CORRInsights®: Hyaluronic Acid-based Hydrogel Coating Does Not Affect Bone Apposition at the Implant Surface in a Rabbit Model
While a variety of approaches involving premade antibiotic-containing spacers, beads, and synthetic materials are used to treat patients with prosthetic joint infections, these approaches must be used in concert with intravenous antibiotics to achieve clinical effectiveness. The Minimum Biofilm Eradication Concentration can be 100 to 1000 times the Minimum Inhibitory Concentration necessary to control planktonic bacteria with antimicrobials, and requires exposure times on the order of 24 to 48 hours at those concentrations.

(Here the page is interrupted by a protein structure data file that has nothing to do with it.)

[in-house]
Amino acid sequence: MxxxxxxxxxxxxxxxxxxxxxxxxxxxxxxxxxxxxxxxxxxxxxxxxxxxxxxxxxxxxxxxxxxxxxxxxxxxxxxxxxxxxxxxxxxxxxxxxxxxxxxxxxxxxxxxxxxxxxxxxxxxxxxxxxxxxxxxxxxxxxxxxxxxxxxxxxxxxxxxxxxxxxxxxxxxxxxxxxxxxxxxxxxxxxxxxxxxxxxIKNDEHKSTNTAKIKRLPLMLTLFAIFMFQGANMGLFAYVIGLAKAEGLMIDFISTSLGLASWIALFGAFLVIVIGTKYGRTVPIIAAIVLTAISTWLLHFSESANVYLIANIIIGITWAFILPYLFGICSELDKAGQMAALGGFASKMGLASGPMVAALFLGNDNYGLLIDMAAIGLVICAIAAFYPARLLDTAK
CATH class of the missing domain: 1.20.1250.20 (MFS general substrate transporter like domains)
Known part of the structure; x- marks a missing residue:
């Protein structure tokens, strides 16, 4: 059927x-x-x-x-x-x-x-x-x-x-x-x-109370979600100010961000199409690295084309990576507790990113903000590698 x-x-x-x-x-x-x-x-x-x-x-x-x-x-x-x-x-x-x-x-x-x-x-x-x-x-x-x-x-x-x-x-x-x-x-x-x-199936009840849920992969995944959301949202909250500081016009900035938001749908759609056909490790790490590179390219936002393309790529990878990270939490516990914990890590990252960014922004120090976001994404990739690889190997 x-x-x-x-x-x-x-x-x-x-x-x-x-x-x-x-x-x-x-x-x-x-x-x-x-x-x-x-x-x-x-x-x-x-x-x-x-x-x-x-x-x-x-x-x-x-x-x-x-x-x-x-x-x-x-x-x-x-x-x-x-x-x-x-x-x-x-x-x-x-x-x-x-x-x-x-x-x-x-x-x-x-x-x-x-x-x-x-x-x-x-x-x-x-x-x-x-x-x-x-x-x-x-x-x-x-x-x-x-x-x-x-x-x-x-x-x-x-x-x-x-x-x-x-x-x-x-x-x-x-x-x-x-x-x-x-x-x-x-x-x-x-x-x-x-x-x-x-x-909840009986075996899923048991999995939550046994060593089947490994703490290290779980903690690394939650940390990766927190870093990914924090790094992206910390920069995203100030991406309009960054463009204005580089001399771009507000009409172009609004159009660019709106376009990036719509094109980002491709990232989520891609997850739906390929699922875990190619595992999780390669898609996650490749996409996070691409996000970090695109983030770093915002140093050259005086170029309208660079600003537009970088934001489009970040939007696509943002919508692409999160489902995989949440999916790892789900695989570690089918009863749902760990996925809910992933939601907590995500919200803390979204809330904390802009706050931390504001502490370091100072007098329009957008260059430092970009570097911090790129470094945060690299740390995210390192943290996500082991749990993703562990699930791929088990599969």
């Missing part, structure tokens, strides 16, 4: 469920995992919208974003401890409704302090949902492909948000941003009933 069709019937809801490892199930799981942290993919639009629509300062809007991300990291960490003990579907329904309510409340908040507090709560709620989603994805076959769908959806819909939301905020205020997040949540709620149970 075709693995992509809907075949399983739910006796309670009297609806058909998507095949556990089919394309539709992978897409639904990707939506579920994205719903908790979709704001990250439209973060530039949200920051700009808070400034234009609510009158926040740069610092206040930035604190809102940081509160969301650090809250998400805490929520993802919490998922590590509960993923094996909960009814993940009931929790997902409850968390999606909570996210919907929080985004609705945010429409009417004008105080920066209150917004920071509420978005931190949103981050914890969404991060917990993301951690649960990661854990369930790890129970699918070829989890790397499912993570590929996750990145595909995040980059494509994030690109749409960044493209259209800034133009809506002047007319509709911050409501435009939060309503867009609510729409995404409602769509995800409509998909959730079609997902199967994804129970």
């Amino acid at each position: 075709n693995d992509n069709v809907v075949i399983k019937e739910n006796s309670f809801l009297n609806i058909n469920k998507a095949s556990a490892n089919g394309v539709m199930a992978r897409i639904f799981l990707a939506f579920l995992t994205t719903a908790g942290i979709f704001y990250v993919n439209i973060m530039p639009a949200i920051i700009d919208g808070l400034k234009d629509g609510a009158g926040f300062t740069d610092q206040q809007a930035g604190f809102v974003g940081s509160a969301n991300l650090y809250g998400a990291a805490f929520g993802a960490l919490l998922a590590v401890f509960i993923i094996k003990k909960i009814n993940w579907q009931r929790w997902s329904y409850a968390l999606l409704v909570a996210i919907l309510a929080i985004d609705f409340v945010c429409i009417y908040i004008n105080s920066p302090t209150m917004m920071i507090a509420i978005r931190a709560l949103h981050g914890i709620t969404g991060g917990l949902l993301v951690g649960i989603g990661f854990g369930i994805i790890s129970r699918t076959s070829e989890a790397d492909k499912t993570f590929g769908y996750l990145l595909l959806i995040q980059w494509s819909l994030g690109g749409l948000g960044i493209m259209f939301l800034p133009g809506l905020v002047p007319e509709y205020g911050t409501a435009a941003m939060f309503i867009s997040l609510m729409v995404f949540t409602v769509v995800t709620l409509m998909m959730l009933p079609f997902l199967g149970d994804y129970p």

One strategy for preventing infection is to protect the surface of implants so that bacteria cannot attach. There have been “race to the surface” paradigms, where low-dose antimicrobial cement is thought to protect the surrounding implant from bacterial colonization. A number of other techniques have also been tried, or are in development, including chemically bonding antimicrobials to the surface of the implant (vancomycin-bone) , silver and gold nanoparticles to create antibacterial microcurrent, and poly(lactic-co-glycolic acid) coatings  (among others). Most of these approaches require considerable modification to the implant-manufacturing process, are damaged by scratches or rough handling, and would add substantial cost and difficulty to the use of devices in orthopaedic surgery. Several groups, including my own, [7, 8] have advanced the idea of hydrogel-based, high-dose delivery for antimicrobials. These hydrogels are intended to be space filling, provide different amounts of chemical release, and degrade or dissolve once their payload has been delivered. Ideally, the gels would be compatible with any implant design and procedure, and could be widely used in orthopaedic surgery, plastic surgery, and other disciplines to prevent SSIs.